Harnessing the Sky
Frederick “Trap” Trapnell, the U.S. Navy’s Aviation Pioneer, 1923-1952
Fredrick M. Trapnell and Dana Trapnell Tibbitts
Naval Institute Press, Annapolis, Maryland, 288 pages
Book Review published on: July 7, 2017
The threat of war in 1940 found the U.S. Navy severely deficient in fighter aircraft. The Navy’s recently acquired Grumman F3F aircraft, the last American biplane fighter, and the Brewster F2A Buffalo, the Navy’s first monoplane fighter, were no potential match against the Japanese Mitsubishi A6M Zero or the Luftwaffe’s Messerschmitt Bf 109. To fight this war, the Navy would require a whole new stable of high-performance aircraft of all types, especially fighter planes. The Navy counted on a test pilot, Lt. Cdr. Frederick M. “Trap” Trapnell, to lead the Navy in developing aircraft to win the impending war. Frederick M. Trapnell Jr. and Dana Trapnell Tibbits tell the remarkable story of retired Vice Adm. Frederick “Trap” Trapnell, a legendary naval aviator and test pilot, tracing his career from open-cockpit biplanes and dirigibles to experimental jet aircraft and his contributions to shaping naval aviation in Harnessing the Sky.
Trapnell’s contributions to naval aviation include implementing a quantitative approach to flight testing. Early test piloting was limited to a pilot’s subjective description of the aircraft’s handling and characteristics. Harnessing the Sky describes how Trapnell formulated flight regimes based on his hours as a test pilot, engineering skills, and his intuition about aerodynamics. Trapnell required his test pilots to use measuring devices he developed and to record detail notes describing aircraft behavior under measured flight conditions. He invited engineers and other aircraft company representatives to participate in discussions with test pilots to address a variety of issues of new aircraft prototypes. His team’s evaluation of an intact Japanese Mitsubishi Zero discovered in the Aleutians resulted in the development of effective countermeasures to that aircraft, negating its superiority in aerial combat. Trapnell’s innovations ensured the timely fielding of the Grumman F4F Wildcat, Vought F4U Corsair, and Grumman F6F Hellcat. These aircraft enjoyed a superior kill-to-loss ratio over their Japanese opponents.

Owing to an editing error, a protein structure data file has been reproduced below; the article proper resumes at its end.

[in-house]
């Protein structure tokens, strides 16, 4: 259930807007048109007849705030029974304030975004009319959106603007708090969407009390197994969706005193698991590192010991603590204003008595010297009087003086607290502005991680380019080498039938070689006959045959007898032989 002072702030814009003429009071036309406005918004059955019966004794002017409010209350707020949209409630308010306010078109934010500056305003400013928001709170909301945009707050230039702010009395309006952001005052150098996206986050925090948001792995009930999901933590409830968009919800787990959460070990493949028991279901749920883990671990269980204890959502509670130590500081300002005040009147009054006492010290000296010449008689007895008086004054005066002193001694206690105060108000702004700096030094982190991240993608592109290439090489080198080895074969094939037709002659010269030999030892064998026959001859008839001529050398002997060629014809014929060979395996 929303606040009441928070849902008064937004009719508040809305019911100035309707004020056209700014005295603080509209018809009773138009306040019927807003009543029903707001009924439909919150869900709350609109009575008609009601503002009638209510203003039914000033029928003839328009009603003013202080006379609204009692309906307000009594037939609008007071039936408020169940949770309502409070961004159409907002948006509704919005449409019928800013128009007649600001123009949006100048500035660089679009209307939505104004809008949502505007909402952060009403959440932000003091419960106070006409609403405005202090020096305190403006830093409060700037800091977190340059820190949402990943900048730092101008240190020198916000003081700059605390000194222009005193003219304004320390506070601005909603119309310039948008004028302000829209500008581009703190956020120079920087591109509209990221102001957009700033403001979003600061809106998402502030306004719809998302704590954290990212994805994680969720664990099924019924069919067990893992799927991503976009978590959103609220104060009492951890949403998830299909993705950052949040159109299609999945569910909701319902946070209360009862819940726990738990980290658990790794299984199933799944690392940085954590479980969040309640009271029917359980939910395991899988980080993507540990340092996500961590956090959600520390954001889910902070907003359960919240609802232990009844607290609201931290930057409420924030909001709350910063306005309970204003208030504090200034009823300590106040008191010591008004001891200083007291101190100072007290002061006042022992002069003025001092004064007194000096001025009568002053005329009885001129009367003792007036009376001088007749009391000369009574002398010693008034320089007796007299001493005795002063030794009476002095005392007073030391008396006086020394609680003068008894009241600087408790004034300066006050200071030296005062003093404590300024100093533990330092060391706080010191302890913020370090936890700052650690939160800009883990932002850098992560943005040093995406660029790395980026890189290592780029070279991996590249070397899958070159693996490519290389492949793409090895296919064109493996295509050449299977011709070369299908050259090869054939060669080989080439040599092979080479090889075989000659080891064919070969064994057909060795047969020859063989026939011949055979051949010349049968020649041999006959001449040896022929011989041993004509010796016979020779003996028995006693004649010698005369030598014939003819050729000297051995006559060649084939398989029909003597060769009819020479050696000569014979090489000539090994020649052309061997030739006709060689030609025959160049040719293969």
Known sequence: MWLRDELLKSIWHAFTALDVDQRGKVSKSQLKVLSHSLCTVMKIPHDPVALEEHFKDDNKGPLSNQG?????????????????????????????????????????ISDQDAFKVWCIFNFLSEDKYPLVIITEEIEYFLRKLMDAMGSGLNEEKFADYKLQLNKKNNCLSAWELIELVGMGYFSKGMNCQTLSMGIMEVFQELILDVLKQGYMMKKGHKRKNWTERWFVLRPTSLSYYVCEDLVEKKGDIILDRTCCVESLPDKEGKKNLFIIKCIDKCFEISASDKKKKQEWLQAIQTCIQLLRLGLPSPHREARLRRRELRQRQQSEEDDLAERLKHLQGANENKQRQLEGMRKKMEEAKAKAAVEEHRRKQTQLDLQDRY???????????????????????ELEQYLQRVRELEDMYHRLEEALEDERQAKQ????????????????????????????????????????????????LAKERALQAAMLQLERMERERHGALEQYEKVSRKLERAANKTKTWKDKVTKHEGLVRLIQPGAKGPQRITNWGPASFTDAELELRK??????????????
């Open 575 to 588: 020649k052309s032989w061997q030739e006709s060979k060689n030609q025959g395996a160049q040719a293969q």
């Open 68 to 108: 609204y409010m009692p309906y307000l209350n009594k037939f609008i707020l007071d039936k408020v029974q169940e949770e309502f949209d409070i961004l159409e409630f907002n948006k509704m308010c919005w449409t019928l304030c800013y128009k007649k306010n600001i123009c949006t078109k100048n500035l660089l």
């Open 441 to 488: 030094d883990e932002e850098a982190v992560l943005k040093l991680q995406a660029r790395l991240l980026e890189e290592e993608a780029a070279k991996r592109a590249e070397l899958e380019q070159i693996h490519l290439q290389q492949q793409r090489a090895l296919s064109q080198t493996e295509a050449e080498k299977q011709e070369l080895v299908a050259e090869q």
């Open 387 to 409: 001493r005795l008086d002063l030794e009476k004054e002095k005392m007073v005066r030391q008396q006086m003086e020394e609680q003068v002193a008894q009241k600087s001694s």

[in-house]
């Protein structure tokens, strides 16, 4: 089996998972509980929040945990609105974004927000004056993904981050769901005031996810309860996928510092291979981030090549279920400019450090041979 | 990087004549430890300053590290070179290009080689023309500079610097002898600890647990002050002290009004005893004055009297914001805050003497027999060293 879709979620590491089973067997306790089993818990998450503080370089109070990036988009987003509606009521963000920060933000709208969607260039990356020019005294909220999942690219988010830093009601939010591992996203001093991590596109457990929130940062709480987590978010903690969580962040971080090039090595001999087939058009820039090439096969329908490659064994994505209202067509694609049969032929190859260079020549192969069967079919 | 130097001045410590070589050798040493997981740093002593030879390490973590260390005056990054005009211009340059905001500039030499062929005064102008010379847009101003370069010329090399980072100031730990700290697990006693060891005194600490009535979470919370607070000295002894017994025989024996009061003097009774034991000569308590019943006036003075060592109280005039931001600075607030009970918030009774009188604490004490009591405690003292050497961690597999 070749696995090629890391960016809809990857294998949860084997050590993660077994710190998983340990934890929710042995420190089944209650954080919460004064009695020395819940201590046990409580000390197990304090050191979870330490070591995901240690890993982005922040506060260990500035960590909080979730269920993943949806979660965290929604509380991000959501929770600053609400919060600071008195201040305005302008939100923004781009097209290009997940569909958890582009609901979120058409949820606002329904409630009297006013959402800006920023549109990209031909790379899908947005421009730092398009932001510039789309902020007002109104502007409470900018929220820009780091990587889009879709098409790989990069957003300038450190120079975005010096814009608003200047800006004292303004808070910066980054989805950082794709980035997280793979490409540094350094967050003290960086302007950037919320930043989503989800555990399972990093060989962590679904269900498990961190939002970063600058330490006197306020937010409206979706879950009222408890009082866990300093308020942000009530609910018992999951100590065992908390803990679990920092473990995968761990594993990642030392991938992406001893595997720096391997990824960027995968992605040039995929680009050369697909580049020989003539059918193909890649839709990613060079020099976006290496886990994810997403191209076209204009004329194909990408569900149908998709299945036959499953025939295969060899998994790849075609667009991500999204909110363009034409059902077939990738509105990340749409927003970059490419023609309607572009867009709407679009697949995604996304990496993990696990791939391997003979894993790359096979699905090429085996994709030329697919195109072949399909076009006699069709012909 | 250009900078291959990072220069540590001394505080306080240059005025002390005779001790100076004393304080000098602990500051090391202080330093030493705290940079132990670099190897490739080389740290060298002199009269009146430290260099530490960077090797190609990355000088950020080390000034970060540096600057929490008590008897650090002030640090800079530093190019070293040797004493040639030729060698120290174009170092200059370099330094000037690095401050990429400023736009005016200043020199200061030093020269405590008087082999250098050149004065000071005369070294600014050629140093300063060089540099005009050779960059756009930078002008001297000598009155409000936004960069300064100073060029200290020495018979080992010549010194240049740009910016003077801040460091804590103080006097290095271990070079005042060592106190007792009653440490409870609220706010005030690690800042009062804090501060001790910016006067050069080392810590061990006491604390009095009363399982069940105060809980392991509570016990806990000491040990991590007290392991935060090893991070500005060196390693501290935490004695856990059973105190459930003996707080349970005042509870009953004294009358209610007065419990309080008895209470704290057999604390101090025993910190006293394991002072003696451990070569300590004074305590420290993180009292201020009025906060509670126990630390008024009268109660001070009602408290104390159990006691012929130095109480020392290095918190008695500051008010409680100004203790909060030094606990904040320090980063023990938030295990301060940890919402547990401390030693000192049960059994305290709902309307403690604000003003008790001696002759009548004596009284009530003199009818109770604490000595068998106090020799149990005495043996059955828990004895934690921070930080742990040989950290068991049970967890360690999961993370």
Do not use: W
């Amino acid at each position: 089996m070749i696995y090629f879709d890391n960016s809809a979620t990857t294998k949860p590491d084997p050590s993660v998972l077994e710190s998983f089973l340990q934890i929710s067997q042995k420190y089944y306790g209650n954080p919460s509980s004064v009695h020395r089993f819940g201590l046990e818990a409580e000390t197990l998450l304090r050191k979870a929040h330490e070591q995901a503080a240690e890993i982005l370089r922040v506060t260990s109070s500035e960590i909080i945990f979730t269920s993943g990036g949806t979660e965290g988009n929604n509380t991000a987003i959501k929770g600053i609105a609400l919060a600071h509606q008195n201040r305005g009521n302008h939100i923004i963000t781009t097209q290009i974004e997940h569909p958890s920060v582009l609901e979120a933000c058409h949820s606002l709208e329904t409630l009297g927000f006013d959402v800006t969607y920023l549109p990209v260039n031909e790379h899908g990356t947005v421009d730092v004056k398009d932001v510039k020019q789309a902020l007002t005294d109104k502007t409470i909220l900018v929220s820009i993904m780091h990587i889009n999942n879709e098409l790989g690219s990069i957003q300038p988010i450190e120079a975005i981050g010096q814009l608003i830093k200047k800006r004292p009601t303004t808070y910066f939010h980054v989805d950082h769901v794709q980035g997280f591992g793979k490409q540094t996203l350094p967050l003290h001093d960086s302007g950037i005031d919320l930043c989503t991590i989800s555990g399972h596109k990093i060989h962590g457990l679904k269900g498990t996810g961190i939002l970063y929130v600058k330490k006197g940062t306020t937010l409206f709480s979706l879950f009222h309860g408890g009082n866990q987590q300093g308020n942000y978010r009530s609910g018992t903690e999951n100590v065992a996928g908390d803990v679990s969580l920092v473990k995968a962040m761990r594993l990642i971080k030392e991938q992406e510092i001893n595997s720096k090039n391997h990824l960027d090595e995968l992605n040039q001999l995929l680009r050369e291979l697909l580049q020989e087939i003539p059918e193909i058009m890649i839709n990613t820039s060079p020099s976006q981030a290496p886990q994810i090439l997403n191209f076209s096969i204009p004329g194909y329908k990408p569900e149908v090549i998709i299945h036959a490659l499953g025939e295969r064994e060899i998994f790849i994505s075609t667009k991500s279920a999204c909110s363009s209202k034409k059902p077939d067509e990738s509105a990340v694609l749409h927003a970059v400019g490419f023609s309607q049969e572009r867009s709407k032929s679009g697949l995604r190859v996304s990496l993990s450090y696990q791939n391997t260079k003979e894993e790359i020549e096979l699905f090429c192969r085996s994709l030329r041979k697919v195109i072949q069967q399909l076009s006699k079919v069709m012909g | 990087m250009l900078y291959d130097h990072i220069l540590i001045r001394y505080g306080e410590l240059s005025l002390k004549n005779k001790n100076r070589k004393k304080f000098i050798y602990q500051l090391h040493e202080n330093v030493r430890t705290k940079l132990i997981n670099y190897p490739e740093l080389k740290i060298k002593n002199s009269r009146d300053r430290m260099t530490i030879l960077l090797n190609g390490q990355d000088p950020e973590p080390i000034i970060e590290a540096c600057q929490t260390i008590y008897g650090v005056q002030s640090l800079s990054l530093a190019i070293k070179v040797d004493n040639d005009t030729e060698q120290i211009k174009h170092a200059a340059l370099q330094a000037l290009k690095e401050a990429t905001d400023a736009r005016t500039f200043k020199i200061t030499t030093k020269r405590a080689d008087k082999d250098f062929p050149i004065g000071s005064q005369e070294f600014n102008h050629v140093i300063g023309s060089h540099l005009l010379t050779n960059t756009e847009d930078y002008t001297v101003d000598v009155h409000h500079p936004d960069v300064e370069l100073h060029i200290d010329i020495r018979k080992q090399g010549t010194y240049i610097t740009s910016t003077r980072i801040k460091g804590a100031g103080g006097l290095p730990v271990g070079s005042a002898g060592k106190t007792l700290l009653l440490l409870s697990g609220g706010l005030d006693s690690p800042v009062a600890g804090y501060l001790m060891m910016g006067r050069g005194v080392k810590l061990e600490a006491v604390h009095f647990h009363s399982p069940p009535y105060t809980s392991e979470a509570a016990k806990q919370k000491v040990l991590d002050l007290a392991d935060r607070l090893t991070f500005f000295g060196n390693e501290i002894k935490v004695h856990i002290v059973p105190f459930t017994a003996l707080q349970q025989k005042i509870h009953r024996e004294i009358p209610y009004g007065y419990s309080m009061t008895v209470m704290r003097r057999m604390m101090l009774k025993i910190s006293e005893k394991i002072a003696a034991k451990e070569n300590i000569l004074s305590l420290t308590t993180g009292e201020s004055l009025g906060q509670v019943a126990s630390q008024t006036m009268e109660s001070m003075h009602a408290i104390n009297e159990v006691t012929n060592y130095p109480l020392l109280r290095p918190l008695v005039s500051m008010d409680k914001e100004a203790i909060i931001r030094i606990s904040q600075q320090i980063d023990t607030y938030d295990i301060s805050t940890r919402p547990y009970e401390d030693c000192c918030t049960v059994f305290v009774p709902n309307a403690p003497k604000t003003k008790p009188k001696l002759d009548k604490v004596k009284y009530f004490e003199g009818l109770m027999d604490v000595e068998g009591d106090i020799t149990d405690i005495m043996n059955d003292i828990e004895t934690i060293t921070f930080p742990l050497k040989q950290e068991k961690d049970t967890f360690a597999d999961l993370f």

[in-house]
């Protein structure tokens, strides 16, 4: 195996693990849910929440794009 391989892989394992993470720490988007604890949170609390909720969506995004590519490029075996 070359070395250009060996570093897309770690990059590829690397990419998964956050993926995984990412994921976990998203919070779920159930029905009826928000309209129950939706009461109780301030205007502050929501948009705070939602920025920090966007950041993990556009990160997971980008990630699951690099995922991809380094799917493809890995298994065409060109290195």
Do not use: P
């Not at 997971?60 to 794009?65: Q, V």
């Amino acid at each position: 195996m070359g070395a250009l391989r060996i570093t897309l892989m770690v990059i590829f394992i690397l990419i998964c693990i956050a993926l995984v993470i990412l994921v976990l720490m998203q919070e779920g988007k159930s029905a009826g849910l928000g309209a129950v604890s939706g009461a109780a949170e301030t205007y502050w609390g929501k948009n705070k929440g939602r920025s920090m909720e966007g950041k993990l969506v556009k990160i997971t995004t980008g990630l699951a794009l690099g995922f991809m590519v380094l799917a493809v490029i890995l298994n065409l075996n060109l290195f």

The end of World War II preceded a new era of naval aviation as jet aircraft appeared on the scene. Trapnell selected some of the most skilled pilots available to help build a jet-oriented Navy. Harnessing the Sky describse the test pilot contributions by aviation greats like Adm. John Hyland, Capt. William V. Davis Jr., Cdr. Tom Connolly, Marine Lt. Col. Marion Carl, and Cdr. Syd Sherby. Trapnell collaborated with these men in developing the Navy’s six-month Test Pilot School.
Trapnell’s contributions to naval aviation are reflected in his posthumous induction into the U.S. Naval Aviation Hall of Honor in Pensacola, Florida; his enshrinement in the Carrier Aviation Test Pilots Hall of Honor on board the USS Yorktown in Charleston, South Carolina; and the renaming of the runway complex at Naval Air Station Patuxent River, Maryland, as Trapnell Field. Harnessing the Sky is more than just a story of a naval aviator—it is a reminder that one man truly can make a difference. It is for this reason that Trapnell is rightly celebrated as “the godfather of current naval aviation.”
Historians, aviation enthusiasts, and biographers alike will be impressed with the authors’ depiction of Trapnell and his contributions to naval aviation. Harnessing the Sky is a must read for those with an interest in the naval aviation.
Book Review written by: Jesse McIntyre III, Fort Leavenworth, Kansas